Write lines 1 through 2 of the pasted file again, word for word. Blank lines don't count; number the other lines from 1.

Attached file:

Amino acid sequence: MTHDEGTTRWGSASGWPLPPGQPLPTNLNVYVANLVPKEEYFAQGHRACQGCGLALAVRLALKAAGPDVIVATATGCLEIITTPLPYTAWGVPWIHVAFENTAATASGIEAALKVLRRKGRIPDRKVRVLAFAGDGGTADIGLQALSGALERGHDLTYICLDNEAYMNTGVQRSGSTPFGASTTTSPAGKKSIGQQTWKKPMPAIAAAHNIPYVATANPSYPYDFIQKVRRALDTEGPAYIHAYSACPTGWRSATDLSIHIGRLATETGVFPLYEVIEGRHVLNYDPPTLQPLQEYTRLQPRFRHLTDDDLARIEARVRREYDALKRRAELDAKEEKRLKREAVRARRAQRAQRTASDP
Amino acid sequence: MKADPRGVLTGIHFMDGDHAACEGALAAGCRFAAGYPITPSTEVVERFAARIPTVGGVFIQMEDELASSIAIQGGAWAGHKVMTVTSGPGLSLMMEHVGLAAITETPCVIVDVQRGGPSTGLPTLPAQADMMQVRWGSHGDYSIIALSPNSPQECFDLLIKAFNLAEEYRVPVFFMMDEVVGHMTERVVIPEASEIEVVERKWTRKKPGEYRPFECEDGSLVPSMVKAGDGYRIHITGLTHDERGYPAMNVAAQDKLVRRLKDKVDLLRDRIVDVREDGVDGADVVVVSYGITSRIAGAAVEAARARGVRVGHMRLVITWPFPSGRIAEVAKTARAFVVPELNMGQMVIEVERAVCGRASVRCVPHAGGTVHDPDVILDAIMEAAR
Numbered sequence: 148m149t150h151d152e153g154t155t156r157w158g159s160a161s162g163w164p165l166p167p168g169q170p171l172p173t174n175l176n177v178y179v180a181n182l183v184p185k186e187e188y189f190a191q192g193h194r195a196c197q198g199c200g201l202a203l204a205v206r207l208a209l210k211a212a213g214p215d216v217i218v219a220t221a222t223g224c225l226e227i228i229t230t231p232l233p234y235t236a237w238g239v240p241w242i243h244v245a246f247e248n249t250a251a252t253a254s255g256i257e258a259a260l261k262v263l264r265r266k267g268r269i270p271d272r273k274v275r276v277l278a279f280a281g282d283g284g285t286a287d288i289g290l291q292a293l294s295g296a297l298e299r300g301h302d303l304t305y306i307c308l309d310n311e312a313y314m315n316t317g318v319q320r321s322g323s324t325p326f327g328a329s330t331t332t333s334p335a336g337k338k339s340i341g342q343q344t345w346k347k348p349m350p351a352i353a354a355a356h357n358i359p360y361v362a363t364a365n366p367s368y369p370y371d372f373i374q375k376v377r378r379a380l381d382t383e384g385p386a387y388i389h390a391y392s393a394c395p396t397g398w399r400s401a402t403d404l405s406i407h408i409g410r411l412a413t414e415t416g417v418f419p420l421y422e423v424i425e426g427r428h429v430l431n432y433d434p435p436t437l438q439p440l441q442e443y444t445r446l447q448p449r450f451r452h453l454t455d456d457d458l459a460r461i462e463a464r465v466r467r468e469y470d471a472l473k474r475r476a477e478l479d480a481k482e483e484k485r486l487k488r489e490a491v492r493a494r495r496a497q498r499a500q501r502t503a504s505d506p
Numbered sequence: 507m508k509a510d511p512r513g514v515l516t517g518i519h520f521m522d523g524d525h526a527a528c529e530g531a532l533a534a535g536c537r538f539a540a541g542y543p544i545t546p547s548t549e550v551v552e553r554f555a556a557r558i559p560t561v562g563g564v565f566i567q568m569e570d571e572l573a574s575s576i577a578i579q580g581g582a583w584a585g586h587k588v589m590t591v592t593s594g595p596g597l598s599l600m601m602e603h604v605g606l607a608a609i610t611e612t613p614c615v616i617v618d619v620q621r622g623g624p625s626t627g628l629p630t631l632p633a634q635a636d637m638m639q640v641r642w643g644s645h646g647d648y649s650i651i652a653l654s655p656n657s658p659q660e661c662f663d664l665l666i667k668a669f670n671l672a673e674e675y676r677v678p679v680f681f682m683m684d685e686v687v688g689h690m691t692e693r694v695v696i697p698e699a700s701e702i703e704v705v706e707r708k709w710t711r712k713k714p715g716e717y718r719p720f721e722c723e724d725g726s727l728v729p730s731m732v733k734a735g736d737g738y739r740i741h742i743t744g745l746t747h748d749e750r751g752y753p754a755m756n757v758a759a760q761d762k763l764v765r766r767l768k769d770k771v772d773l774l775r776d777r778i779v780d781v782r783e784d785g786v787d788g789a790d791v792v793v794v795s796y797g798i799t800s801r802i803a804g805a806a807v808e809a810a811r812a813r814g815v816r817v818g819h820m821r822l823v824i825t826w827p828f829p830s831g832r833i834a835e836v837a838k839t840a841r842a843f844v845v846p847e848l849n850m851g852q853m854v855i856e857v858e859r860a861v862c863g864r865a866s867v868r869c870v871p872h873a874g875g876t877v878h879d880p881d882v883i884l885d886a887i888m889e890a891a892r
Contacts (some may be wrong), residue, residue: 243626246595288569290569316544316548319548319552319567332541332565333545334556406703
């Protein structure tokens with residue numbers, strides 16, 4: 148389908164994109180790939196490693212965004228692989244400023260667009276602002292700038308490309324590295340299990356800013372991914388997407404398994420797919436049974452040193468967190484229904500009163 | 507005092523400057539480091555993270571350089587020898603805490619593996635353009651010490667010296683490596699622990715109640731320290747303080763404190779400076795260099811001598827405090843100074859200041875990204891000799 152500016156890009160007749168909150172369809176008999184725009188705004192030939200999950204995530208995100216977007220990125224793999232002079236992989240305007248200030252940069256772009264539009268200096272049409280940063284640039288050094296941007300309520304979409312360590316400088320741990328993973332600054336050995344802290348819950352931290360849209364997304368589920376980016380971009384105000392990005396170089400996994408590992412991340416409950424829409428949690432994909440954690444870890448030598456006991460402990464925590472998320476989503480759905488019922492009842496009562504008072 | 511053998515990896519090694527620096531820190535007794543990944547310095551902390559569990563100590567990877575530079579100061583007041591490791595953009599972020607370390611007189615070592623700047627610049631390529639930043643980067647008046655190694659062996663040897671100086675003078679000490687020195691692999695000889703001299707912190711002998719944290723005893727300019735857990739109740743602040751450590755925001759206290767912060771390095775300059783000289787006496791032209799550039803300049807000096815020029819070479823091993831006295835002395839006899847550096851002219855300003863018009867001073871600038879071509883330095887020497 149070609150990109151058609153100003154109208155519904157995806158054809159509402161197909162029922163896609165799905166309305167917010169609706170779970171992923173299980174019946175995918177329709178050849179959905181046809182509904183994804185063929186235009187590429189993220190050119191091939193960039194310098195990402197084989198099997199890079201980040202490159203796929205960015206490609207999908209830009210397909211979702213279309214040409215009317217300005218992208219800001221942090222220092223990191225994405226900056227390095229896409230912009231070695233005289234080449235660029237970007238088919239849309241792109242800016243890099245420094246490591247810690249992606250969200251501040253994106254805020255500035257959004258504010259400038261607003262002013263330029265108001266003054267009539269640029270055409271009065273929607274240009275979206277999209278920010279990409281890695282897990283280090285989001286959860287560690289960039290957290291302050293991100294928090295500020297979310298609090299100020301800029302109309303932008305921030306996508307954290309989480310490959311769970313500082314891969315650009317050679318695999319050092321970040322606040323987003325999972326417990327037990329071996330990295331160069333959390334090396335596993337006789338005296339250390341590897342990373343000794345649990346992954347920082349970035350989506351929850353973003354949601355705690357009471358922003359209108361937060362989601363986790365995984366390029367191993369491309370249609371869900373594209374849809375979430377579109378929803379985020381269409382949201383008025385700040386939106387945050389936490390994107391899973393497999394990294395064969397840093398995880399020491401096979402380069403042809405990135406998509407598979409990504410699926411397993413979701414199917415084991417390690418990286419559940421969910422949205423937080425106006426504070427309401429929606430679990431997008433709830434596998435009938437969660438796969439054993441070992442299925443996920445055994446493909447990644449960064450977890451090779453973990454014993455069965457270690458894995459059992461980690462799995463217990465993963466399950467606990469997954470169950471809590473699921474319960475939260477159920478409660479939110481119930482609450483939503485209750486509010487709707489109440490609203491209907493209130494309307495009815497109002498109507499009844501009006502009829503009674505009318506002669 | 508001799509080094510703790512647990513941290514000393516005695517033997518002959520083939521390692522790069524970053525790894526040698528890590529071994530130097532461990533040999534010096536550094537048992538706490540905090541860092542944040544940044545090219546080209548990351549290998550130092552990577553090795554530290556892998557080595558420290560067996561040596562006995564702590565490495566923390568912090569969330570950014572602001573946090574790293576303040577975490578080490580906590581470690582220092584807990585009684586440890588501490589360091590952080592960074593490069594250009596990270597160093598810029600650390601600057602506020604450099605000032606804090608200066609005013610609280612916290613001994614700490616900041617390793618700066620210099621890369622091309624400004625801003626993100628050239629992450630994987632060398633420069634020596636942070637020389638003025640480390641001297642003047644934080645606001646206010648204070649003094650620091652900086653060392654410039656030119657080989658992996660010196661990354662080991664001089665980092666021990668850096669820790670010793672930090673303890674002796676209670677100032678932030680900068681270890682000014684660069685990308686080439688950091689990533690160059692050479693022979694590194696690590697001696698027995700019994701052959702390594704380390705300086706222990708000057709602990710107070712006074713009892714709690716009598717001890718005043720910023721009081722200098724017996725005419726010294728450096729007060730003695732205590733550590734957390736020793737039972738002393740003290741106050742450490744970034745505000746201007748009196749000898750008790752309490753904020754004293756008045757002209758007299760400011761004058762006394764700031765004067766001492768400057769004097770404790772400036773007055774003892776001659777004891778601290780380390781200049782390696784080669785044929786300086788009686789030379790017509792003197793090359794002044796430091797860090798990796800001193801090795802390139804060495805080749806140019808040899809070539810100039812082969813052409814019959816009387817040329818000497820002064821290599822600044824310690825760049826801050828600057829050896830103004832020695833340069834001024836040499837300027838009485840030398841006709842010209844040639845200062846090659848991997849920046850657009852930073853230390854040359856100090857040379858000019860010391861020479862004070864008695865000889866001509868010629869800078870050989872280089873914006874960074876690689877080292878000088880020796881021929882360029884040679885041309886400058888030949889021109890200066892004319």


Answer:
Amino acid sequence: MTHDEGTTRWGSASGWPLPPGQPLPTNLNVYVANLVPKEEYFAQGHRACQGCGLALAVRLALKAAGPDVIVATATGCLEIITTPLPYTAWGVPWIHVAFENTAATASGIEAALKVLRRKGRIPDRKVRVLAFAGDGGTADIGLQALSGALERGHDLTYICLDNEAYMNTGVQRSGSTPFGASTTTSPAGKKSIGQQTWKKPMPAIAAAHNIPYVATANPSYPYDFIQKVRRALDTEGPAYIHAYSACPTGWRSATDLSIHIGRLATETGVFPLYEVIEGRHVLNYDPPTLQPLQEYTRLQPRFRHLTDDDLARIEARVRREYDALKRRAELDAKEEKRLKREAVRARRAQRAQRTASDP
Amino acid sequence: MKADPRGVLTGIHFMDGDHAACEGALAAGCRFAAGYPITPSTEVVERFAARIPTVGGVFIQMEDELASSIAIQGGAWAGHKVMTVTSGPGLSLMMEHVGLAAITETPCVIVDVQRGGPSTGLPTLPAQADMMQVRWGSHGDYSIIALSPNSPQECFDLLIKAFNLAEEYRVPVFFMMDEVVGHMTERVVIPEASEIEVVERKWTRKKPGEYRPFECEDGSLVPSMVKAGDGYRIHITGLTHDERGYPAMNVAAQDKLVRRLKDKVDLLRDRIVDVREDGVDGADVVVVSYGITSRIAGAAVEAARARGVRVGHMRLVITWPFPSGRIAEVAKTARAFVVPELNMGQMVIEVERAVCGRASVRCVPHAGGTVHDPDVILDAIMEAAR